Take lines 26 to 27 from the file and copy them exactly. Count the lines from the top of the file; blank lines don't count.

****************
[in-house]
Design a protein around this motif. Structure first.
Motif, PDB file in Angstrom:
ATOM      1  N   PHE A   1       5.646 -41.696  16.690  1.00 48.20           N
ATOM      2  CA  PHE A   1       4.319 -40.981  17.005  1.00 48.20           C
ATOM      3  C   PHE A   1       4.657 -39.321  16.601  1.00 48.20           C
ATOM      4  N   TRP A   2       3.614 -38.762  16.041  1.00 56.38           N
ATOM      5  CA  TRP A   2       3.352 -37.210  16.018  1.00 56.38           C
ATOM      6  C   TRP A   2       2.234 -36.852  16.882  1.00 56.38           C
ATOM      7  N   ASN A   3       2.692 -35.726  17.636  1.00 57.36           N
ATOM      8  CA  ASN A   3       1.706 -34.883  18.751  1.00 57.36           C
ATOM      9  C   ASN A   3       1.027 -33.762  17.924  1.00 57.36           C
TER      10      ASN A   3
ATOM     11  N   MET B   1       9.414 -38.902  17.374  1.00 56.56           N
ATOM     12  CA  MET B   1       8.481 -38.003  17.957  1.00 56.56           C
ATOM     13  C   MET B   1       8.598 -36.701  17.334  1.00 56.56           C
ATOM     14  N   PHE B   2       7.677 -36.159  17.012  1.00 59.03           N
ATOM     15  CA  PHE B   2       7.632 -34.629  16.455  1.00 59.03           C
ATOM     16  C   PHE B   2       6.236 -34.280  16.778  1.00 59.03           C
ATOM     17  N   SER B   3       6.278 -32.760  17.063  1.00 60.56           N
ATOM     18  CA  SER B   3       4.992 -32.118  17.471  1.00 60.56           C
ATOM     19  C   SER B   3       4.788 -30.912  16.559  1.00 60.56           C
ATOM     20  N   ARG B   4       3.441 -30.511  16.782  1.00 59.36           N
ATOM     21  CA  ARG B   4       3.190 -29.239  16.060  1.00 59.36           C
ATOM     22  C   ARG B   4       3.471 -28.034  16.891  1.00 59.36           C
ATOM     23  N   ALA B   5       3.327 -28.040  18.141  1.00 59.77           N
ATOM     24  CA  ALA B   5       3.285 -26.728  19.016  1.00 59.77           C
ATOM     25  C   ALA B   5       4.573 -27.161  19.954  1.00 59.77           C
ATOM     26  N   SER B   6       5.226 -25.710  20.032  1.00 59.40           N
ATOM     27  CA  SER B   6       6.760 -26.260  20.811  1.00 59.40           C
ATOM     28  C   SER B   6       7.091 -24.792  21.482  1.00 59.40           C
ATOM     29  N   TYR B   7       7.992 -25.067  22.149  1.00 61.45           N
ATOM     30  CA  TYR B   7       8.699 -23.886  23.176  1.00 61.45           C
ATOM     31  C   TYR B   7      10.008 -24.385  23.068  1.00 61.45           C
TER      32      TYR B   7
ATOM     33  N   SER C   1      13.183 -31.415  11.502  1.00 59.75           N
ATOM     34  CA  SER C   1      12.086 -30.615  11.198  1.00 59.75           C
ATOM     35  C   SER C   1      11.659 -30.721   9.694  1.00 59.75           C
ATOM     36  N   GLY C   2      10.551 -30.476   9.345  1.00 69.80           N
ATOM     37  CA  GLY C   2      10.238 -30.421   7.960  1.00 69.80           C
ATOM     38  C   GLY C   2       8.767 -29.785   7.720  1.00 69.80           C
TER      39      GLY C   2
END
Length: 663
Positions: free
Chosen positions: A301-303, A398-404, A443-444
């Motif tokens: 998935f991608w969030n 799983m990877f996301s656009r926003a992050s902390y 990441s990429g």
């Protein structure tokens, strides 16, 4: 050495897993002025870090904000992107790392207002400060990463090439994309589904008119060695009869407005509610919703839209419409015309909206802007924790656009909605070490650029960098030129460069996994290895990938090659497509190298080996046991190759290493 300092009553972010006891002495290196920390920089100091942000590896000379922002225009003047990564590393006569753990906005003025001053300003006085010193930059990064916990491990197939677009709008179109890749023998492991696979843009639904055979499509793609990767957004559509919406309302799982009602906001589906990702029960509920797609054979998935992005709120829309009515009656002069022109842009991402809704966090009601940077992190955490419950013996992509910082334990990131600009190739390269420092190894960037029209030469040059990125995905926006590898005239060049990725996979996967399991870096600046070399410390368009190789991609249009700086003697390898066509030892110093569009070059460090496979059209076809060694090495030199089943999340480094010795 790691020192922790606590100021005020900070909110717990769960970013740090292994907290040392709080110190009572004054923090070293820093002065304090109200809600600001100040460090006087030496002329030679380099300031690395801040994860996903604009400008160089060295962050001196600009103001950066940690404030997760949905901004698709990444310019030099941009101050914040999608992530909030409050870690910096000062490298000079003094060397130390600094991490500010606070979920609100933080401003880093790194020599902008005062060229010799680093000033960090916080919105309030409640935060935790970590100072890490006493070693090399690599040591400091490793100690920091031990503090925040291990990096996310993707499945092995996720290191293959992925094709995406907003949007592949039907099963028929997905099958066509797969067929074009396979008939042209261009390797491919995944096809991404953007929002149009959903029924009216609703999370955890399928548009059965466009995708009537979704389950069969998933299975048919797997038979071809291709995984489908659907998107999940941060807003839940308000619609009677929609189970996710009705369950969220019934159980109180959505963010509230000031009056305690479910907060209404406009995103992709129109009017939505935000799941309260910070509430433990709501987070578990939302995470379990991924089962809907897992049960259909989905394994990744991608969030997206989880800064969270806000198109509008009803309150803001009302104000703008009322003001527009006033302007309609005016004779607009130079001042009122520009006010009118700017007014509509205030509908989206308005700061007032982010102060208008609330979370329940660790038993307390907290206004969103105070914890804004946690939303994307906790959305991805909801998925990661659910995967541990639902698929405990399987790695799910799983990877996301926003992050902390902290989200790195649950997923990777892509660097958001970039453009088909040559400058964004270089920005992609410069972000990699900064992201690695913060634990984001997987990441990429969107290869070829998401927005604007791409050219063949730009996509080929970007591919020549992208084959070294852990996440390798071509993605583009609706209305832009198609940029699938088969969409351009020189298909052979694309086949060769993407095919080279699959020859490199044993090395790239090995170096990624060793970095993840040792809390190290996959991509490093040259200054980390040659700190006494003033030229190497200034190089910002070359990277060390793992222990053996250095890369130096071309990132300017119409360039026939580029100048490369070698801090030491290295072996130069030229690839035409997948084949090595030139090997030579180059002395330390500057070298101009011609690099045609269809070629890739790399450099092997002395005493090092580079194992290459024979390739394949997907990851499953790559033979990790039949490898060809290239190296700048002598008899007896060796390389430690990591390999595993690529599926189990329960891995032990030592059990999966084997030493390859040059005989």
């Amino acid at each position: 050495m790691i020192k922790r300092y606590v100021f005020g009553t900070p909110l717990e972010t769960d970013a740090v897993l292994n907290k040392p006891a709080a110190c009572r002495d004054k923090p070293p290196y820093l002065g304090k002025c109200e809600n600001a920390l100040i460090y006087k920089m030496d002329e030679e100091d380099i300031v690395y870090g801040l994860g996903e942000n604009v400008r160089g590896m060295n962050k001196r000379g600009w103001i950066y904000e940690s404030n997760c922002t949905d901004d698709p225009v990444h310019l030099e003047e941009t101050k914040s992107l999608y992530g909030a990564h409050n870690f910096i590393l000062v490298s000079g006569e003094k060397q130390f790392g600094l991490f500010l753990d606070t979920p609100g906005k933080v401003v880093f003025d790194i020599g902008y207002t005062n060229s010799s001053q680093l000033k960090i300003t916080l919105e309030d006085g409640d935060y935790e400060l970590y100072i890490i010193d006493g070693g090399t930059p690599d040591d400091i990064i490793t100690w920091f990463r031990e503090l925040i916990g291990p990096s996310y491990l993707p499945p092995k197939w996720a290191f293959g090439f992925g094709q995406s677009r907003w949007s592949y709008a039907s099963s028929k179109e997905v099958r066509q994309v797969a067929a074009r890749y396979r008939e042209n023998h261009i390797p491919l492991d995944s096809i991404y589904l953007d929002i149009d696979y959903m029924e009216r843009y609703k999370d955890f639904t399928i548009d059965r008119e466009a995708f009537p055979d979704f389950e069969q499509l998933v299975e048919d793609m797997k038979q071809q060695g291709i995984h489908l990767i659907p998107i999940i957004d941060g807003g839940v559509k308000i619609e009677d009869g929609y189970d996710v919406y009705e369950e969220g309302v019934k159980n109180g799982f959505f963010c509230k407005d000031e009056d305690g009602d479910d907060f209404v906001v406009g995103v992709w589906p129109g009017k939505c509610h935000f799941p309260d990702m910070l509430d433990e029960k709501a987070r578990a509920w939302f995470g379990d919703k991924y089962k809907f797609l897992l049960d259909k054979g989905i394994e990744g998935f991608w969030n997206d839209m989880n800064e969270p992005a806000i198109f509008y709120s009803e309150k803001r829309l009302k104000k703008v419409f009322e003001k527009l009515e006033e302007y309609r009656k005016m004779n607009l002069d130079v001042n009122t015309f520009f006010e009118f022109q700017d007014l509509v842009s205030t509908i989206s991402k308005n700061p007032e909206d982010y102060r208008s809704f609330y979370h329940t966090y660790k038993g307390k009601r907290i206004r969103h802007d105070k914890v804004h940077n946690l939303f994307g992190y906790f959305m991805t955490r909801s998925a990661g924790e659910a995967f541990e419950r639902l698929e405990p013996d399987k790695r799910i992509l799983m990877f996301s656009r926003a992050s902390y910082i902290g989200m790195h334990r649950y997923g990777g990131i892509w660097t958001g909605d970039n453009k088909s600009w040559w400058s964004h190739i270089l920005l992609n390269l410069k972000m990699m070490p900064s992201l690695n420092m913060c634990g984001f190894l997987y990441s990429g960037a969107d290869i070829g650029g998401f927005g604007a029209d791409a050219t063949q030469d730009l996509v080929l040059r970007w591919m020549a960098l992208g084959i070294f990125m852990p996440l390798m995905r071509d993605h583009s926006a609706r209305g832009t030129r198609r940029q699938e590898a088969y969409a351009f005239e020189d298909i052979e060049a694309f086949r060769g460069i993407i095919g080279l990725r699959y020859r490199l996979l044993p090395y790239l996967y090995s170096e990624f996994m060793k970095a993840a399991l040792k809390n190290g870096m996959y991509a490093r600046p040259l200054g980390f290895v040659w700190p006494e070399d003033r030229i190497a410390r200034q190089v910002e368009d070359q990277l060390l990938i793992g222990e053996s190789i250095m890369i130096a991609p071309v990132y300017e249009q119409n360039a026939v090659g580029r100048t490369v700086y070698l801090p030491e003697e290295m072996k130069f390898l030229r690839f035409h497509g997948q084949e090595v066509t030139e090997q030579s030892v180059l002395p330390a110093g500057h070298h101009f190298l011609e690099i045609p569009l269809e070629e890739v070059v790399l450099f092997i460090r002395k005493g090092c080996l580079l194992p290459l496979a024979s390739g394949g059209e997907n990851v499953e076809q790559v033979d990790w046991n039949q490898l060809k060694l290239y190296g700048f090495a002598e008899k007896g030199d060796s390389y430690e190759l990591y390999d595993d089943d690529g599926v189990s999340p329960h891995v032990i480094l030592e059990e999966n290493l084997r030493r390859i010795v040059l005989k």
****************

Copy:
ATOM     23  N   ALA B   5       3.327 -28.040  18.141  1.00 59.77           N
ATOM     24  CA  ALA B   5       3.285 -26.728  19.016  1.00 59.77           C